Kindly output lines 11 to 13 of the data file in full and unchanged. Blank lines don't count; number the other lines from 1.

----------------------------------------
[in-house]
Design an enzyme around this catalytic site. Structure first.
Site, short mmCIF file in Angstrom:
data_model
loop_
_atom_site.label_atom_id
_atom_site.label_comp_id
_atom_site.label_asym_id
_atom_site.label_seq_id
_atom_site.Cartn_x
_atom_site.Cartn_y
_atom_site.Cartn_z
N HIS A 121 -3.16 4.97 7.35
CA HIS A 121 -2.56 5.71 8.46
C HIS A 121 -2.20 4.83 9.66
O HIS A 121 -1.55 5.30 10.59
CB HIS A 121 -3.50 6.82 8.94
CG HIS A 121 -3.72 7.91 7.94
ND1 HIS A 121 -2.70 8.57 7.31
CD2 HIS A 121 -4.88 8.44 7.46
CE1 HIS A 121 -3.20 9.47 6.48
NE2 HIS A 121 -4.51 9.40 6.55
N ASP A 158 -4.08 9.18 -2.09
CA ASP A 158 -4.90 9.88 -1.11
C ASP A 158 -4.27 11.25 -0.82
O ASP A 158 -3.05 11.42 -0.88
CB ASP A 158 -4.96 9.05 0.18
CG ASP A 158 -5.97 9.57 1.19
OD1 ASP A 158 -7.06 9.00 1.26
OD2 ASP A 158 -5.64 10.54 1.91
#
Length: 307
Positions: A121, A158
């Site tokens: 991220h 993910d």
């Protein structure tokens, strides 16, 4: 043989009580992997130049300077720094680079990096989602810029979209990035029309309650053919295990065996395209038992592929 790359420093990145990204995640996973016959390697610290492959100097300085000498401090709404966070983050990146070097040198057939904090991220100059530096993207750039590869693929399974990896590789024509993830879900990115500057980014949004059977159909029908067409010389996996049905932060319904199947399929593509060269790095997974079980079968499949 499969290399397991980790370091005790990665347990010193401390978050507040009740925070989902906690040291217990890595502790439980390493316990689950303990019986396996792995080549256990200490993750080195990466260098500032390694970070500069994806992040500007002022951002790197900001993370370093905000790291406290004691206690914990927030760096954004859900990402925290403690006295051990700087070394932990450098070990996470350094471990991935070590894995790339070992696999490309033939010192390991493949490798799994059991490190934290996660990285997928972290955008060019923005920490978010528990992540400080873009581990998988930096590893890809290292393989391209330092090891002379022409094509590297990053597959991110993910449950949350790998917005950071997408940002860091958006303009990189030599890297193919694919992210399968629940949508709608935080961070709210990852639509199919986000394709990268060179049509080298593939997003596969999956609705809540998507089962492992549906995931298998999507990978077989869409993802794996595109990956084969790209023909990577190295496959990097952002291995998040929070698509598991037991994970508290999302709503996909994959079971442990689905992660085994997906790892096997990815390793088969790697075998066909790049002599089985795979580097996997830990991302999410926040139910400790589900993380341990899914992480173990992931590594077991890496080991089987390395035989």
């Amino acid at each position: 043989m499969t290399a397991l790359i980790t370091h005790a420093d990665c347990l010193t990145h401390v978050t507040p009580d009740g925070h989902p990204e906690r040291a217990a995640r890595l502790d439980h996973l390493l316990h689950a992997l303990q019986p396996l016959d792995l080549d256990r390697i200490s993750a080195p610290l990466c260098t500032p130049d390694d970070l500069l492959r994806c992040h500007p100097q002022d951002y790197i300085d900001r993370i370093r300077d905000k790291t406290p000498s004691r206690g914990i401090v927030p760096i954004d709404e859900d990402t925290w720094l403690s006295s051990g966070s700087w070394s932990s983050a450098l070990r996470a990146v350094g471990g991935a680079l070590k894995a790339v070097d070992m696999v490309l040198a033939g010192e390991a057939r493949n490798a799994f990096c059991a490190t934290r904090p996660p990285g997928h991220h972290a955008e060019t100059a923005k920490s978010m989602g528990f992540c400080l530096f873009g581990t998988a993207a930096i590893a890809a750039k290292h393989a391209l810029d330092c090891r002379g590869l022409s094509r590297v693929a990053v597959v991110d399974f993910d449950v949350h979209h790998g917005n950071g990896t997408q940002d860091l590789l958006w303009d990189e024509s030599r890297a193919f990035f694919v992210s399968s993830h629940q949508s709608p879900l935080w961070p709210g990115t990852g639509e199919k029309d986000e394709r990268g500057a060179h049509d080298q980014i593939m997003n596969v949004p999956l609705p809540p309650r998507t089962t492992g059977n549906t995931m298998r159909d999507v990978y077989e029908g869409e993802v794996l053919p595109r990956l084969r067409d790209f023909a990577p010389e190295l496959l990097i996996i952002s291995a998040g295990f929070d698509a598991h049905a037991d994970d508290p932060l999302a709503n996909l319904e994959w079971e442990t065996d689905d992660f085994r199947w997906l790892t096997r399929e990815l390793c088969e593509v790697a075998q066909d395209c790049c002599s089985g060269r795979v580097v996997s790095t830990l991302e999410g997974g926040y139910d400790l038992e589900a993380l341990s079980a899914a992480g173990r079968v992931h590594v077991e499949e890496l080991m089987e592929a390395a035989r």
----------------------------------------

_atom_site.Cartn_y
_atom_site.Cartn_z
N HIS A 121 -3.16 4.97 7.35